South Dakota Church Establishes Partnership with Local School

 In All Church of God, Central, Give Life

Harvey Dunn Elementary teachers

By Michael Smith

About a decade ago, Rustic Hills Community Church of God was looking for a practical way to build redemptive relationships in their community. The city of Sioux Falls is a small Midwestern city, but the largest city in South Dakota (population 187,000). There are lots of Christian-based ministry opportunities within the city, but we wanted something more personal, and something that would give us the opportunity to make real relationships. Connecting with one of our area schools seemed like the perfect option for us.

We prayed for an extended period of time about which school to select. Initially we were thinking one of the schools with a higher percentage of free/reduced lunches (an indicator of need) but, after much prayer, it seemed God was leading us to a different school: Harvey Dunn Elementary. It is not the closest school to our physical location, but it is nearby.

Pastor Michael

I made the initial contact with the school principal. I prayed for favor with the principal for a week before I stopped inside. I saw her car in the parking lot and simply stopped and asked the office staff if I could meet with the principal for a moment. This was in the summer, so her schedule was much more flexible. Dr. Boysen was willing to meet with me. I introduced myself and told her that my church wanted to serve her and the school. She was initially guarded, but I assured her several times that we did not have a secret agenda. We simply wanted to do what we could do to serve her and make her life easier for her, her staff, and the school.

We talked a bit about what that might look like. I asked her what would make her life as a principal easier. I asked her if she had needs that her budget would not cover.

The school always needs classroom volunteers. I agreed to try and recruit some. I suggested that we would like to assign a personal prayer partner for all teachers and staff. She was willing to give me a staff roster. I assured her that we would control contact between those praying and the teachers. We did not want teachers to get unsolicited contact from people they did not know. Over time this restriction has loosened up as intercessors have sent cards or notes. Teachers have recognized that we can be trusted. Now some teachers let us know when they have prayer concerns. As time has gone on, we have found some relationships developing among staff and church people. One year I spent several hours counseling a teacher going through a divorce.

We were told that teachers love treats. We organized an effort to bring home-baked treats to the teacher’s lounge on Wednesdays each week. This is an easy “win” for everyone. People that are intimidated by volunteering or some other kind of face-to-face contact are willing to bake a treat once in a while. People who thought they could never participate in outreach or evangelism find an opportunity to participate. We have people volunteer to bake treats for the teacher’s lounge and usually they only have to do so once a year. We have no restrictions on what we provide. We encourage home-baked rather than purchased food—it is more meaningful.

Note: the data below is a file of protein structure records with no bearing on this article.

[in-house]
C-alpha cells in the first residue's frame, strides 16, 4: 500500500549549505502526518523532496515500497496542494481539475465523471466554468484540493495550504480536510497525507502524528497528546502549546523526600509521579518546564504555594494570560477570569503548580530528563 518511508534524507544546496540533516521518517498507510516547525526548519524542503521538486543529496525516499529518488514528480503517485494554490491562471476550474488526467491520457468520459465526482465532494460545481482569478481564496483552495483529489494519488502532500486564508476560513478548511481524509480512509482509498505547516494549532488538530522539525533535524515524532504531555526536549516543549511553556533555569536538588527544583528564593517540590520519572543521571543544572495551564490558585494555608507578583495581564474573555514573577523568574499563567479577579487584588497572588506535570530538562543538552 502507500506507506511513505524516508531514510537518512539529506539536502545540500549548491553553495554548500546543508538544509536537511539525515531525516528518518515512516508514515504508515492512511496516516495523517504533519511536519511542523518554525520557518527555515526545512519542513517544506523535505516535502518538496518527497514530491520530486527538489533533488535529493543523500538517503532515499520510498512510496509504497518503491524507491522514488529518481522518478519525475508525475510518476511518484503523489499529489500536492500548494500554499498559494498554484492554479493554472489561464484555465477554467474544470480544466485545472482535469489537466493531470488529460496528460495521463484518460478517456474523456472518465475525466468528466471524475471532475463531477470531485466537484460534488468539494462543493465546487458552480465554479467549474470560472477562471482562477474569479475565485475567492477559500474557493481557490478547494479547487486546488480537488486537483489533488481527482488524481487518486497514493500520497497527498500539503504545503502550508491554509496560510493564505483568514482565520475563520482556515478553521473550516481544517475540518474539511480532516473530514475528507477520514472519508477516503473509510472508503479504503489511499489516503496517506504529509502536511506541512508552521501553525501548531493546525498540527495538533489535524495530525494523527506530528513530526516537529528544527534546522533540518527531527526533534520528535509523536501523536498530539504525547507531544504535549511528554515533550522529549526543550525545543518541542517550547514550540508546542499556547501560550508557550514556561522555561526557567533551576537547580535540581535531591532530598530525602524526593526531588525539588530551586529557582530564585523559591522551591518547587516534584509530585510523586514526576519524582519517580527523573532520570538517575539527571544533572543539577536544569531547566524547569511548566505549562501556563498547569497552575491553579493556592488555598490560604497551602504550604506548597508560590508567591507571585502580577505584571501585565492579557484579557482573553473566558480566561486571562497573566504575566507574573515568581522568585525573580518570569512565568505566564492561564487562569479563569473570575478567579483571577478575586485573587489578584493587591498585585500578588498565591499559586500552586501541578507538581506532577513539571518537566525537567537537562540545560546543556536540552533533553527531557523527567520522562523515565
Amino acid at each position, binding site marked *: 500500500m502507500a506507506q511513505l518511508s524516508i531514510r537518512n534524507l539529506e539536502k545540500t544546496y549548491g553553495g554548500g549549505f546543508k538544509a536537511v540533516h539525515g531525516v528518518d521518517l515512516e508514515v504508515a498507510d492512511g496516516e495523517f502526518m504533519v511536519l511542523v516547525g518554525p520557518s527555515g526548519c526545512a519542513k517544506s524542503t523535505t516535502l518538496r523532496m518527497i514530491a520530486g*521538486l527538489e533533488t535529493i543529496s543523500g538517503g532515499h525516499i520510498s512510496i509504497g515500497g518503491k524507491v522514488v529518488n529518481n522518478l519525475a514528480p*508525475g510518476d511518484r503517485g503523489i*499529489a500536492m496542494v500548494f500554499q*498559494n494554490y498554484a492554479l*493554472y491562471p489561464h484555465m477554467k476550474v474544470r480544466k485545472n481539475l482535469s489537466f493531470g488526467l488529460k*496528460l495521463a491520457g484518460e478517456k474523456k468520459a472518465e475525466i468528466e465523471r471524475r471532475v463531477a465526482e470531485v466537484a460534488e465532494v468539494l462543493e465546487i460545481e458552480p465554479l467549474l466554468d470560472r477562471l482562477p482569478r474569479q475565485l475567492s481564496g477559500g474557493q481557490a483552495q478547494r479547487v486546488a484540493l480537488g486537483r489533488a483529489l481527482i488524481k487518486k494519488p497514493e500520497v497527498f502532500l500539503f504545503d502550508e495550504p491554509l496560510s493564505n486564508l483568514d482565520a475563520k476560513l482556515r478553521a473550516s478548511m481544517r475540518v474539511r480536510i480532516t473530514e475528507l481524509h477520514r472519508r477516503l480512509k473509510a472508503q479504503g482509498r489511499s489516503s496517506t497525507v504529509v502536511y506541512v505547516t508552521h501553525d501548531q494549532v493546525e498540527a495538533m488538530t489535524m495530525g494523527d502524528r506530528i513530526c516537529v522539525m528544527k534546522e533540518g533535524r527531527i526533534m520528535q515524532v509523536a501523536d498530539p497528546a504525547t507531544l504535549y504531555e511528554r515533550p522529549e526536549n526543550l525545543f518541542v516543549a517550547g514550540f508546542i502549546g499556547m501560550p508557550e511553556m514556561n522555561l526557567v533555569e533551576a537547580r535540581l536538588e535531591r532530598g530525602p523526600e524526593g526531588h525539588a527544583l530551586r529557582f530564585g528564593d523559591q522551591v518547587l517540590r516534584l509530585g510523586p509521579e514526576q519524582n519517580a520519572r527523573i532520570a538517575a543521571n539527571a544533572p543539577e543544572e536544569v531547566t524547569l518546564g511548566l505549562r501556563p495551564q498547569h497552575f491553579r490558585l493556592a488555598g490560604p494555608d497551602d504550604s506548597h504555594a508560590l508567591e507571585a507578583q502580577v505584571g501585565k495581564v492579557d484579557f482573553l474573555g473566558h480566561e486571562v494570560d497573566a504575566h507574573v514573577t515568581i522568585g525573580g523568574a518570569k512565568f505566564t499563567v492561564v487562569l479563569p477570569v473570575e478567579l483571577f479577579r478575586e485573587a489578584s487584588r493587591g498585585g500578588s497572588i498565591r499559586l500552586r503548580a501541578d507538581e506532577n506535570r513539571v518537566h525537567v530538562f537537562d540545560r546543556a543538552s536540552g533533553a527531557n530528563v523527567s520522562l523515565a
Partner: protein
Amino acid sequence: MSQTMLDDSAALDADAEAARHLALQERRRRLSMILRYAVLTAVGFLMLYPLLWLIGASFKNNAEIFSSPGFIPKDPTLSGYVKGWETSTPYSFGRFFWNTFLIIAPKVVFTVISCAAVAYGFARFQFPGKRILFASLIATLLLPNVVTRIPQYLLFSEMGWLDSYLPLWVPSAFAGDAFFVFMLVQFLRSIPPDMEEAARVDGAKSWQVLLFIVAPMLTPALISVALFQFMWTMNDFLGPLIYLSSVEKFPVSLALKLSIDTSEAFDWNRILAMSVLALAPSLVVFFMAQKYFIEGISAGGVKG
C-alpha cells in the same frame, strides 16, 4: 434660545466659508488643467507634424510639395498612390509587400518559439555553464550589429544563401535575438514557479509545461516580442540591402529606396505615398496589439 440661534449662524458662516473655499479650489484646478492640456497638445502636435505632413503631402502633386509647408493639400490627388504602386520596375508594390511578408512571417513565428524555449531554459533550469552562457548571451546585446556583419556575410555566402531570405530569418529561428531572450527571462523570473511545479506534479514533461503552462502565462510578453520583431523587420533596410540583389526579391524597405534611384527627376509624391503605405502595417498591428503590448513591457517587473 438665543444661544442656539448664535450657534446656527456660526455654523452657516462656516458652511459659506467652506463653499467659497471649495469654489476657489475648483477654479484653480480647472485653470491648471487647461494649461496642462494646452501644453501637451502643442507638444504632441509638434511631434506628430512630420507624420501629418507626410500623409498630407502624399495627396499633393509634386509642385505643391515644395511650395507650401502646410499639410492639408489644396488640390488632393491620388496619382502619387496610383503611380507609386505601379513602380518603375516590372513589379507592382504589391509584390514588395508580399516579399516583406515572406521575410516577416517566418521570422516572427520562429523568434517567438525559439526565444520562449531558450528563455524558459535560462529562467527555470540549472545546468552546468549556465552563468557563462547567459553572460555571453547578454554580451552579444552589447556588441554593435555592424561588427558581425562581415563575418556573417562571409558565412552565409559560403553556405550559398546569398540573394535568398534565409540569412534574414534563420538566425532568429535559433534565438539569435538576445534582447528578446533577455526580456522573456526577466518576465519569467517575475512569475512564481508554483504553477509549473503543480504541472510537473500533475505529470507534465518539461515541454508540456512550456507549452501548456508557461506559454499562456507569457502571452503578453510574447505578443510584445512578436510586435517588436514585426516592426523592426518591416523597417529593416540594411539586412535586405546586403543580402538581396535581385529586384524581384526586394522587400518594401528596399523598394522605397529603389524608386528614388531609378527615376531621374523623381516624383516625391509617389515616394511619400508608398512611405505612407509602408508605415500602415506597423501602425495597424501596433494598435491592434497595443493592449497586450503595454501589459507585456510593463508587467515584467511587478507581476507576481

In addition, we have provided food and support during parent-teacher conference and volunteers for special events for which the school staff needs help. We have provided clothing for young children—coats, hats, mittens, and also socks, underwear, and pants. Our elementary school has a large number of preschool children, as well as young elementary, and they often have “accidents,” requiring fresh underwear, or other supplies. We bring clothing and give it to the office, where the staff keeps it for when it is needed. We also provide school supplies to the office for teachers who might need extra. In our district most students already get backpack-kinds-of-things from other sources, so individual school supplies are usually not a need.

Also, one of the teachers has started using our church facility parking lot for a summer basketball camp. This is at no cost to us, but gets dozens and dozens of elementary-age children into the parking lot and building for a week each summer.

The churches in Sioux Falls have a voluntary network through which we try to keep track of which church is volunteering at which school. For us it is often confusing if more than one church is volunteering at one particular school. Brian Stroh (an associate pastor of one of our city churches), has just written a book on church-school partnership which might be of help. For more helpful ideas and strategies for partnering with schools, visit Brian’s resourceful Facebook page at, which contains thirty-one interviews from participating churches—including Rustic Hills.

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